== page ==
ICLEI @GFFA: Cities as pioneers of change in the reduction of food loss and waste


Why are cities key actors in the fight against food loss and waste? ICLEI’s Angèle Tasse addressed this important question during a session on “Reducing food loss and waste of fruits and vegetables: The potential of urban(izing) food systems” taking place at the Global Forum for Food and Agriculture in Berlin, Germany.


“There is no silver bullet for addressing food loss and waste.” With these opening words, Lawrence Haddad, Executive Director at the Global Alliance for Improved Nutrition, made it clear: a systems approach is needed to tackle food loss and waste, which results from multiple causes and occurs at different points along the supply chain. To address such issues requires innovation and effective governance – including multi-level coordination, collaboration, and communication.


Following this compelling introduction, the panel discussion explored existing social and institutional innovations, infrastructure development and economic incentives that are deployed to reduce food loss and waste. Angèle Tasse, Senior Expert at ICLEI and CityFood Programme Co-Lead, highlighted the critical role cities play in driving food system change and offering innovative solutions to tackle food loss and waste - from making the infrastructure more efficient, to optimising public procurement, implementing fiscal incentives and developing awareness raising campaigns. Going beyond, Angèle emphasised the unique convening role of cities, who can bring together all relevant actors at the local level to discuss relevant policies and business models. Finally, she reminded the importance of local governments in piloting and testing new policies and approaches, which, if successful, can be replicated and taken on at the national level.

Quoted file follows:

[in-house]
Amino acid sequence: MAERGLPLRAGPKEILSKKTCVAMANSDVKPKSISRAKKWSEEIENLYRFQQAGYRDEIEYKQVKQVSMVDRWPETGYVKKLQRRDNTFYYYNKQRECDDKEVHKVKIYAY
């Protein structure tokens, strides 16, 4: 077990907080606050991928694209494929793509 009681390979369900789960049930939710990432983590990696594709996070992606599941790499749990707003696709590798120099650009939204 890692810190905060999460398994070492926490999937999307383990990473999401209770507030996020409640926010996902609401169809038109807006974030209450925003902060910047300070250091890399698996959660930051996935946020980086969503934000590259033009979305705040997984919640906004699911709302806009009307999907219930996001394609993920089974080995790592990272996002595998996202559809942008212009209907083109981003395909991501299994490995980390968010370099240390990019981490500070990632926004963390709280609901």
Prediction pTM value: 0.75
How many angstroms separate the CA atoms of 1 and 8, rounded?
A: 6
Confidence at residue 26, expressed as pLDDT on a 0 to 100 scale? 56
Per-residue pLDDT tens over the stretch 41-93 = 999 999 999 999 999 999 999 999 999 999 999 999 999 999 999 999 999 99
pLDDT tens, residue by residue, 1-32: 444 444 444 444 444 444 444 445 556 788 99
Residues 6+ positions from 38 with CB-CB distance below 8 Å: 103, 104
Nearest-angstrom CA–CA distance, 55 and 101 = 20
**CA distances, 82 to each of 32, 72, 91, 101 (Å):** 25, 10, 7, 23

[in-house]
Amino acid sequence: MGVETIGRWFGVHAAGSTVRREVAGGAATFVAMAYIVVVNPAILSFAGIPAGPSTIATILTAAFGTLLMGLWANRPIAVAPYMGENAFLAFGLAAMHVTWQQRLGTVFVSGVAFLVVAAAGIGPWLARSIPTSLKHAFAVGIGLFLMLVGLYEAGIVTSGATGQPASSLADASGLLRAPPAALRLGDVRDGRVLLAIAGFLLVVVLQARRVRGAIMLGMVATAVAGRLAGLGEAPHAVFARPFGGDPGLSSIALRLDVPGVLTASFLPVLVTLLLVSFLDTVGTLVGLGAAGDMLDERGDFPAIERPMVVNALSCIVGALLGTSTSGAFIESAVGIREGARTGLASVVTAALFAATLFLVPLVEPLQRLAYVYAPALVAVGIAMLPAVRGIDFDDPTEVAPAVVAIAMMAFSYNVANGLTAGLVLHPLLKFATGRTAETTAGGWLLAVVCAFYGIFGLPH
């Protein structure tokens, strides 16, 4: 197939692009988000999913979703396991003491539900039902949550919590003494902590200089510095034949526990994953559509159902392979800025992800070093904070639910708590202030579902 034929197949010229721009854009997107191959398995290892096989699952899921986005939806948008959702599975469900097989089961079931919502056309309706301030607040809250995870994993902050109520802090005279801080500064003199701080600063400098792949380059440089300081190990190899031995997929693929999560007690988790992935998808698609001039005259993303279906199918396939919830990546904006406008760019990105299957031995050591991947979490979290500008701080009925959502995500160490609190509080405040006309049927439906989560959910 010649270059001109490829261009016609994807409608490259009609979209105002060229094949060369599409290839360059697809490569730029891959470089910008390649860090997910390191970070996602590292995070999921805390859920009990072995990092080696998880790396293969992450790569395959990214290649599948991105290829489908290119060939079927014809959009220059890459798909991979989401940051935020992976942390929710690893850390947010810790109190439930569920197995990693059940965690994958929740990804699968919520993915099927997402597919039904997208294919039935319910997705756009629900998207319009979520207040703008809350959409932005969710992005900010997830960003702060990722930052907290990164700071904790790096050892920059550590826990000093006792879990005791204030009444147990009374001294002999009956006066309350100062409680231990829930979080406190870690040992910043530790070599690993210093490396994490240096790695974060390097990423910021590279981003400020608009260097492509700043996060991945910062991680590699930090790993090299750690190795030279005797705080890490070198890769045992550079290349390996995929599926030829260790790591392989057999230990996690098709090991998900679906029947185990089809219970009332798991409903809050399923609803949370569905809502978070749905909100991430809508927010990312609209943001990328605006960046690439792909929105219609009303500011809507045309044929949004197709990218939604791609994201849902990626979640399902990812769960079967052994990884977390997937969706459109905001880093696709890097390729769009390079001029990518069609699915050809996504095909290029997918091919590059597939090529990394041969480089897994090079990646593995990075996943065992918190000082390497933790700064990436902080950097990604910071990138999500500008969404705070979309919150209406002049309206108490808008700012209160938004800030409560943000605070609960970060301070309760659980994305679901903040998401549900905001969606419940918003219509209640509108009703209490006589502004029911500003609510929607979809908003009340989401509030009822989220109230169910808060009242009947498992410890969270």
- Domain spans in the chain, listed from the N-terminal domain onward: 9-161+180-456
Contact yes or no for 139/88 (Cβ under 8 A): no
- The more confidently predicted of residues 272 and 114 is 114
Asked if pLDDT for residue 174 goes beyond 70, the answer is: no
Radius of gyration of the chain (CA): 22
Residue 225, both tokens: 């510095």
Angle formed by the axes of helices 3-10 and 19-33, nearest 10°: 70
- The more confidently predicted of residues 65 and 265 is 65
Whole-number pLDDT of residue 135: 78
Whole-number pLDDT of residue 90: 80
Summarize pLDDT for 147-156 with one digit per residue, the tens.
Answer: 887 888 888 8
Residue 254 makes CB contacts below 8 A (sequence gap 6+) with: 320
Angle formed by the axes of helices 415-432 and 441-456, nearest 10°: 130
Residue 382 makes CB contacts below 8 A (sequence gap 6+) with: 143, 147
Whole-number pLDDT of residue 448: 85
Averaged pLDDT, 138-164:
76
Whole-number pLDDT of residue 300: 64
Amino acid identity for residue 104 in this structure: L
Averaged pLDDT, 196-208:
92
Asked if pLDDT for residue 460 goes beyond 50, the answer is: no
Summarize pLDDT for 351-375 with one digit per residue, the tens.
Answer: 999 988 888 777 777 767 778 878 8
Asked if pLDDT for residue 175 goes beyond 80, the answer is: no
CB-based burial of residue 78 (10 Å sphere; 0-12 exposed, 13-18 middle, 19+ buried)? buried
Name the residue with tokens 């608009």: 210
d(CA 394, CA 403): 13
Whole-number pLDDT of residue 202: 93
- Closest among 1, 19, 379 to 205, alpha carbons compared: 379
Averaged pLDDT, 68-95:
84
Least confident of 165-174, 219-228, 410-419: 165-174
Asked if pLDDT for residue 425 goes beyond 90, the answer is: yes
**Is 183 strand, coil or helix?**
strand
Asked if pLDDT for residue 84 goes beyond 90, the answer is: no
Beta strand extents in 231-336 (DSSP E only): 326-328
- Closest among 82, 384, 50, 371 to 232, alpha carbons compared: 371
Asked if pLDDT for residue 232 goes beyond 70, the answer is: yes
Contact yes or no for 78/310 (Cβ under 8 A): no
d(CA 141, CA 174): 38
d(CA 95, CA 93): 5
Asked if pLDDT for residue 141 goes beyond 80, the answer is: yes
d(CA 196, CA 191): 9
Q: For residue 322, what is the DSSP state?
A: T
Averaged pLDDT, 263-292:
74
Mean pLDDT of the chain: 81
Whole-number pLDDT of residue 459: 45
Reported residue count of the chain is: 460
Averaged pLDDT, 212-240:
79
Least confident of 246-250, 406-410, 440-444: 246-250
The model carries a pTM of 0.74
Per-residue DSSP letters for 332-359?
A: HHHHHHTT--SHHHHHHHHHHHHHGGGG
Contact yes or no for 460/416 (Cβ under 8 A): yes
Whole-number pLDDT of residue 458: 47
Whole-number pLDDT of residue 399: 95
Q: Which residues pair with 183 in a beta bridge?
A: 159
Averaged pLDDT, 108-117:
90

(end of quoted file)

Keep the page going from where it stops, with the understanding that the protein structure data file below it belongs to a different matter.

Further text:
Building on the exciting work ahead that awaits AfriFOODlinks, Angèle also shared the project’s various entry points to tackle food waste in urban settings – including through incubation programs targeted at women and youth-led SMEs, as well as infrastructure development for urban food markets and food waste management. 


Complementing the cities’ perspective, speakers from the World Vegetable Centre, GAIN and SIMAB (Sociedade Instaladora de Mercados Abastecedores) highlighted the many challenges related to inadequate market infrastructure, the resulting loss of fruits and vegetables and its impact on nutritional outcomes. 


Building on these insights, the event reiterated an important yet often neglected message: cities hold great potential to act as pioneers of change in the reduction of food loss and waste – but to achieve a bigger impact, they are in critical need for stronger multi-level governance mechanisms, and for national governments to create an enabling policy environment to allow for ambitious local action.


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